iTunes is one of the greatest innovations in human history.
There, I said it.
Fire, the printing press, electricity, flight, donuts and iTunes: the Mt. Rushmore of discoveries. These things changed the way we live.
iTunes was a portal that led to a better way to listen to music.
In one fell swoop, this iInvention killed cassette tapes and compact discs mercilessly. You may still own a CD player, but, be honest, it’s just your angry protest to change. Go ahead and shake your fist at an MP3 world; you and my Papaw would have gotten along swell.
For the rest of us, iTunes changed the way we listened to music.
The real miracle of downloadable music wasn’t that you could carry your music around with you (the Walkman did that years ago); the real miracle was you no longer had to buy the entire album.
Now, for the first time, you could simply choose the songs you like.
Hate the ballad? Unclick!
Not feeling track #2? Don’t buy it!
Just want the single? Just buy the single!
iTunes gave us power—the power to pick and choose.
Empowered consumerism is intoxicating.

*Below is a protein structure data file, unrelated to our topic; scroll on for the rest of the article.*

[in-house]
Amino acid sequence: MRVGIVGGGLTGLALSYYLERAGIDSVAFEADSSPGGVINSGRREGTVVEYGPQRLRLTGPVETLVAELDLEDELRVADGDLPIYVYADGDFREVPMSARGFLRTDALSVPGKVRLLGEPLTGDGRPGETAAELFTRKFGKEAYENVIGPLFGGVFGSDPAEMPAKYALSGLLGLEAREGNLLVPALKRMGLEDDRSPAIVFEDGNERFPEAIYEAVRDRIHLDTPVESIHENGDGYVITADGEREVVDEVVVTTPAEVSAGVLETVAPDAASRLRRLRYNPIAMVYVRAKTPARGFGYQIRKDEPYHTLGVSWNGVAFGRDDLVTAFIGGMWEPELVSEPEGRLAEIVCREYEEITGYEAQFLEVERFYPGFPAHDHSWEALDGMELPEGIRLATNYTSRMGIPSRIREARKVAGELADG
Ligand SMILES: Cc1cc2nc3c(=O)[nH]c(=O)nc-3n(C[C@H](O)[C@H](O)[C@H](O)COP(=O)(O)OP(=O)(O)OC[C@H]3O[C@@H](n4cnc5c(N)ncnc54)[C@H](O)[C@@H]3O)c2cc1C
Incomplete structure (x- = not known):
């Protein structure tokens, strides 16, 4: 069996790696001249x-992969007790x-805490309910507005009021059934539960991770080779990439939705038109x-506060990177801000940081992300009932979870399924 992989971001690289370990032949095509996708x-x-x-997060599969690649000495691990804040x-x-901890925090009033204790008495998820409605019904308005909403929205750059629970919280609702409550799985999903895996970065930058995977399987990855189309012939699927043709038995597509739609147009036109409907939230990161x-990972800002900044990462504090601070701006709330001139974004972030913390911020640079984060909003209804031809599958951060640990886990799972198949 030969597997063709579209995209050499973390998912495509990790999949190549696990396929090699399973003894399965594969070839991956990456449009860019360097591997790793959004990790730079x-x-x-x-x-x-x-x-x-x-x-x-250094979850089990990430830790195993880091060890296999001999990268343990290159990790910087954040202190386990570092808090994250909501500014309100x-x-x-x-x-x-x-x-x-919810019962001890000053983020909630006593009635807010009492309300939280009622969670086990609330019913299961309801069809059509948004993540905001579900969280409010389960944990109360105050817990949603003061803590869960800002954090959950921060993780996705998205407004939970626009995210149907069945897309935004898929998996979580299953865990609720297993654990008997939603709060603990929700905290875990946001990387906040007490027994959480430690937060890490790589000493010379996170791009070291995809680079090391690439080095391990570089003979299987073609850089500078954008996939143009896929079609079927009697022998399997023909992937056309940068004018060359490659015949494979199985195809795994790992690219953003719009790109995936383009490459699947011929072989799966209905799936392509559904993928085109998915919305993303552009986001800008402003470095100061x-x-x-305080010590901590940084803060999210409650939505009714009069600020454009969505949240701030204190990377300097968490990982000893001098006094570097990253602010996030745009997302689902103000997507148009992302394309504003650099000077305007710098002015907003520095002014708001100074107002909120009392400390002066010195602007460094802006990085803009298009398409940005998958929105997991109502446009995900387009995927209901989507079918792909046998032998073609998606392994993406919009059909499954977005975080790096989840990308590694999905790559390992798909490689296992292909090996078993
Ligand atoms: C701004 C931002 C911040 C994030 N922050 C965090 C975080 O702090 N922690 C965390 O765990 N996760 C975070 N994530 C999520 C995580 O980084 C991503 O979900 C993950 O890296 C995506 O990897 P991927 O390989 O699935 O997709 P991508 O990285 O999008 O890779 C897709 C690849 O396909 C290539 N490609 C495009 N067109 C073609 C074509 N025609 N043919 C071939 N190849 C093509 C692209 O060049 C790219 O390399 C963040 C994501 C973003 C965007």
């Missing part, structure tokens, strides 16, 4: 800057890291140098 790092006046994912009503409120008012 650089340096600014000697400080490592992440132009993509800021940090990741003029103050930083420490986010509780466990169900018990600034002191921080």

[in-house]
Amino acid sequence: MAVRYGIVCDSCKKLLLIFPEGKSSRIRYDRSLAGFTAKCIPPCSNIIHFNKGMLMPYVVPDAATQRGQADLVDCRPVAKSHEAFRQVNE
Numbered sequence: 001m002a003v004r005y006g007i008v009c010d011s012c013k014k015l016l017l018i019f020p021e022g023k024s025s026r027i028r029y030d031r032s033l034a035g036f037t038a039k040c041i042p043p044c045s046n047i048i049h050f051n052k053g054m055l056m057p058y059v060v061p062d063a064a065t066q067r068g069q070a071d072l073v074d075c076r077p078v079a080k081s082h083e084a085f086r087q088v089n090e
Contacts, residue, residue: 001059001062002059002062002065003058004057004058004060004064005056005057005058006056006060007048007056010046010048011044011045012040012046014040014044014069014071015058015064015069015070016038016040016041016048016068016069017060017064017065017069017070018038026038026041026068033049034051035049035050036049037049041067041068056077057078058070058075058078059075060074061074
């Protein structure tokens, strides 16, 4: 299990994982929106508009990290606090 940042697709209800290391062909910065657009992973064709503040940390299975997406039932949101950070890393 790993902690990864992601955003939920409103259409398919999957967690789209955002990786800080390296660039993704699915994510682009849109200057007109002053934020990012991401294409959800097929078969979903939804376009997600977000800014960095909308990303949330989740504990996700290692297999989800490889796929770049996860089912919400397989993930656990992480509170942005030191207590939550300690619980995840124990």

We have become deliriously selective. We no longer watch the entire movie; we DVR it and watch the best parts. We don’t read entire articles; we read tweets. We rarely watch documentaries; we watch shorts.
Pick and choose. Find what you like. Ignore the rest.
This works fine with music, television or the Facebook machine, but this new power doesn’t work when it comes to the Bible.
When it comes to God’s Word, you don’t get to select only the passages you like. You don’t get to click and unclick certain books or chapters. People have tried, but it doesn’t work that way.
The Bible speaks of grace, but it speaks of judgment too. The Bible speaks of a holy standard, but it offers forgiveness for when we fail. The Bible speaks of healing, but it deals with death. The Bible accepts sinners, but it asks us to change.
It explains and baffles.
It soothes and angers.
It is poetic and literal.
The Bible isn’t iTunes. You’ve got to buy the entire album.